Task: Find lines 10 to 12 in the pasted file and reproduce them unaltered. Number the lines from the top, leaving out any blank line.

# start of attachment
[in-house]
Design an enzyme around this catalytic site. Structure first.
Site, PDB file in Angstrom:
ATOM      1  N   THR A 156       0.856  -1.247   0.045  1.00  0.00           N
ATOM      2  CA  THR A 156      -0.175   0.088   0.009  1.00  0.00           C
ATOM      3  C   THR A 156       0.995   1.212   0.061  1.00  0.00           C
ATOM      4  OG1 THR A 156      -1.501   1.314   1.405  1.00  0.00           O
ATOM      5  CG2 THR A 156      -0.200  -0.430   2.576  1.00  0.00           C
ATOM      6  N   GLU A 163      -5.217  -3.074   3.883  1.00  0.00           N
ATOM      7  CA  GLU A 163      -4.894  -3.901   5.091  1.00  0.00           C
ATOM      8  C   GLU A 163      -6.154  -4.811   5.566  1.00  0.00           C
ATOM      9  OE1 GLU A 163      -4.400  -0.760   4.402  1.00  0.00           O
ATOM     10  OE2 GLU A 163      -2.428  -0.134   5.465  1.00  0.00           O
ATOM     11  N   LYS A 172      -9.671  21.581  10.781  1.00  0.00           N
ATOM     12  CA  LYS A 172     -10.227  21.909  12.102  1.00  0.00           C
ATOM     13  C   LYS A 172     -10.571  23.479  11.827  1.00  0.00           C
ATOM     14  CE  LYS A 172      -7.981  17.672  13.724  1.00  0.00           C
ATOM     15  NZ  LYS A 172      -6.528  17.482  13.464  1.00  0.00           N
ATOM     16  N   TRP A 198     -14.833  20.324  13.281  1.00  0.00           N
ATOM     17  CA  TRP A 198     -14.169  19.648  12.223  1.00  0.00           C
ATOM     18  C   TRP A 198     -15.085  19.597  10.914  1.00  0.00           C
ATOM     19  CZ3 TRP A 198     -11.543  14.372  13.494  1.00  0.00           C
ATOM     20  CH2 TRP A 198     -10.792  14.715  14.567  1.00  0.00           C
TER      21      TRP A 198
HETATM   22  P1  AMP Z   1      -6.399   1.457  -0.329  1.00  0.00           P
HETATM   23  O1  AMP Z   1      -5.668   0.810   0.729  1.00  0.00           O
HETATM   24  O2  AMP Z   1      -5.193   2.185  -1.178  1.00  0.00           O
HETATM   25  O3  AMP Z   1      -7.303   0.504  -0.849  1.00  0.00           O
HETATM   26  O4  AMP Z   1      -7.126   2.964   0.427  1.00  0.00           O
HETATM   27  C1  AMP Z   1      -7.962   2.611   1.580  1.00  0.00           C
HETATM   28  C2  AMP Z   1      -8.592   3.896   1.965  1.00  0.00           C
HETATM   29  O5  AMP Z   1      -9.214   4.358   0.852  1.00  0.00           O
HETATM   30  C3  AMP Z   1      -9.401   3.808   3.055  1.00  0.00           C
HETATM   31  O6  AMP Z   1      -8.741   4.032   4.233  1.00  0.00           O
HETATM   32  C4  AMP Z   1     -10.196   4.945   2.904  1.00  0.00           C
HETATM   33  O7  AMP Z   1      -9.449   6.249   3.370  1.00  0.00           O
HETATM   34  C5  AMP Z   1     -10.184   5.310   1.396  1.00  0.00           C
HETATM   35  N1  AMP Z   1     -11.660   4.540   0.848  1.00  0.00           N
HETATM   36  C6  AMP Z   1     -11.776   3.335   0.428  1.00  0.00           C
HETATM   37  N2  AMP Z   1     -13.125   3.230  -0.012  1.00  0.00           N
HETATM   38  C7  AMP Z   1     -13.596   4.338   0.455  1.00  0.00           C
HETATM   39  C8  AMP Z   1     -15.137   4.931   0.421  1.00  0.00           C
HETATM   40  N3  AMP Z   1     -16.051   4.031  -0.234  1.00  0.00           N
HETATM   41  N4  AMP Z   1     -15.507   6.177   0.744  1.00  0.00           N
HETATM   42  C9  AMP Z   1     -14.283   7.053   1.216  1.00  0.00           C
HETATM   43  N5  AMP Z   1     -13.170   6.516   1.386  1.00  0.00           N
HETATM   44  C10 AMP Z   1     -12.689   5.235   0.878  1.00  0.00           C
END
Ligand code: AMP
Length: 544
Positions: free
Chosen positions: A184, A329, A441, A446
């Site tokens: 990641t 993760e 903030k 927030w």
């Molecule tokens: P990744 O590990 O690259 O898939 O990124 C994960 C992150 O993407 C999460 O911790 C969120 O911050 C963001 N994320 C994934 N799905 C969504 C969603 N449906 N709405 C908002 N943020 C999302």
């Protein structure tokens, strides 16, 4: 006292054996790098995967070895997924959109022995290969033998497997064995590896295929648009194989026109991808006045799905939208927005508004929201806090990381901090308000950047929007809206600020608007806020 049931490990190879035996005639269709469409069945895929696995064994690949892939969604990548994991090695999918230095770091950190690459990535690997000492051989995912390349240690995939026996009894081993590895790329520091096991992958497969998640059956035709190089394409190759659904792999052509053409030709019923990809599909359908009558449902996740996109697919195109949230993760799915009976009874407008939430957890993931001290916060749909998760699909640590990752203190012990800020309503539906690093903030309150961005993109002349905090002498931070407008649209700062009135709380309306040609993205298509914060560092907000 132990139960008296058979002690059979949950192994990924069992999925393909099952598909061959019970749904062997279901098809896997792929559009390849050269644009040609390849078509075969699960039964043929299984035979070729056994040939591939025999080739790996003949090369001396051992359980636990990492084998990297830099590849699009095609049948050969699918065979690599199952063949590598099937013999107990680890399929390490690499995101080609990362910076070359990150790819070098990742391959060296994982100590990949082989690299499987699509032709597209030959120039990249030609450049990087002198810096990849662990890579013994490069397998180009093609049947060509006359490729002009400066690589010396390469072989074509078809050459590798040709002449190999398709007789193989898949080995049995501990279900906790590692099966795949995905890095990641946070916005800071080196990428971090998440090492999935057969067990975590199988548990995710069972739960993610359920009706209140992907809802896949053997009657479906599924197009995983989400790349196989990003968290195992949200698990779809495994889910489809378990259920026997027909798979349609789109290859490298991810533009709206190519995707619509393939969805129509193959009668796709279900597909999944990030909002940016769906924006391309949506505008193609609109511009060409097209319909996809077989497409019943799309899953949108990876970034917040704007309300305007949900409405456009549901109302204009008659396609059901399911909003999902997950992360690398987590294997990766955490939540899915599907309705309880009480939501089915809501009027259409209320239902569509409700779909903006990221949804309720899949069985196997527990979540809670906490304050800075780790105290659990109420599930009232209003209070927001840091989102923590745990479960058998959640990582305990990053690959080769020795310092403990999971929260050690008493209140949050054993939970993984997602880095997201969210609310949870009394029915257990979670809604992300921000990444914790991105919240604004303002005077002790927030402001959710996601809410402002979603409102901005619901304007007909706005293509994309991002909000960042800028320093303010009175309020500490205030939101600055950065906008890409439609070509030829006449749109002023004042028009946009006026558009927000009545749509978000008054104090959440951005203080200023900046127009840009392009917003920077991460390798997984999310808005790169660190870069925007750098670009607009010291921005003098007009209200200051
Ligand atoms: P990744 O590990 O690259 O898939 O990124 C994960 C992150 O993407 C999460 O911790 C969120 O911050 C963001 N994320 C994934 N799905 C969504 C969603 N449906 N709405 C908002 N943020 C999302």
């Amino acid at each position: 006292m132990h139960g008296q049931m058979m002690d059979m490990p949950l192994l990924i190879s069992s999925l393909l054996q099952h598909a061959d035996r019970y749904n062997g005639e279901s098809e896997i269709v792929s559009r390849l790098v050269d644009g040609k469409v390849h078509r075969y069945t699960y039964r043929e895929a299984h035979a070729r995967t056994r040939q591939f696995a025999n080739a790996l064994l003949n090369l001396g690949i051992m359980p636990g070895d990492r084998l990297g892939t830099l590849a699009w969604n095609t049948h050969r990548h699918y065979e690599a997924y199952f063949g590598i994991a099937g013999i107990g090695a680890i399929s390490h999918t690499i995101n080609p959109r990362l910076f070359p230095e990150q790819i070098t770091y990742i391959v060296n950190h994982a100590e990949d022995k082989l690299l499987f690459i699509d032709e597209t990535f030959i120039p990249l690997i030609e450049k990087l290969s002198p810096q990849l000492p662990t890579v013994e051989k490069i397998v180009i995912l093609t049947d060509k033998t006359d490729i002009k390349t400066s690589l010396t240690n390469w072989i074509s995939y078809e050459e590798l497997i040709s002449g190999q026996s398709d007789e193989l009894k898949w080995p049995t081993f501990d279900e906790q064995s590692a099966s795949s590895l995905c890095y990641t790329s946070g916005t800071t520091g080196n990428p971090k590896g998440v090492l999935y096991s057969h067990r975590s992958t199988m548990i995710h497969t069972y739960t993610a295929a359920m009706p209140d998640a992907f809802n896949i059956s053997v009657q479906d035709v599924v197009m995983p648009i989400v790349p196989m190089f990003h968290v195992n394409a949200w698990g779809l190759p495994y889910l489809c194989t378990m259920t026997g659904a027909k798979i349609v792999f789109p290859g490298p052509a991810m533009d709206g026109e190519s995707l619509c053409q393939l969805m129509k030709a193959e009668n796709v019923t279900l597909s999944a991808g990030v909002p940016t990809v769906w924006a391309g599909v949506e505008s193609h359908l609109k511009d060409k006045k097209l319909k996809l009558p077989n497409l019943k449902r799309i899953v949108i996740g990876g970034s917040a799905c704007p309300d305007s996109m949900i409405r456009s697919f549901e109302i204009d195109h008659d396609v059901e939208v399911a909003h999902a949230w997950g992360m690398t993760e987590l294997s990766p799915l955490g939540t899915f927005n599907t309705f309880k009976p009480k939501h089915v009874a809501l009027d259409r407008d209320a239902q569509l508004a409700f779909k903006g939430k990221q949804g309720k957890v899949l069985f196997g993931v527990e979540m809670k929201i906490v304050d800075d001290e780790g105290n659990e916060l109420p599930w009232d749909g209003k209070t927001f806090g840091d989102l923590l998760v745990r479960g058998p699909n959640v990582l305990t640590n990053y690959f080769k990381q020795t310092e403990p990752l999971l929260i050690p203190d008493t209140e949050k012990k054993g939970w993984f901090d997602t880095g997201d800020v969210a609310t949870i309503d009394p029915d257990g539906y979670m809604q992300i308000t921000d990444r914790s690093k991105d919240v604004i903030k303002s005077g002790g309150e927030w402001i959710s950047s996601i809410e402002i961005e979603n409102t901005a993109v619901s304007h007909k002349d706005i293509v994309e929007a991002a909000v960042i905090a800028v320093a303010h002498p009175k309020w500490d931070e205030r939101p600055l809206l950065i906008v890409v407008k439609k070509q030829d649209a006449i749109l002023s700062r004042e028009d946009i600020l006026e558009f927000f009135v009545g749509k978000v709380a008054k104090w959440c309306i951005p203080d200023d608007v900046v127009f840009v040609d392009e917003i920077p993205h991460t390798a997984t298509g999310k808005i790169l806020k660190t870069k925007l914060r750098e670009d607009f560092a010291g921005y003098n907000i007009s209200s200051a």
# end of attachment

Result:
ATOM      7  CA  GLU A 163      -4.894  -3.901   5.091  1.00  0.00           C
ATOM      8  C   GLU A 163      -6.154  -4.811   5.566  1.00  0.00           C
ATOM      9  OE1 GLU A 163      -4.400  -0.760   4.402  1.00  0.00           O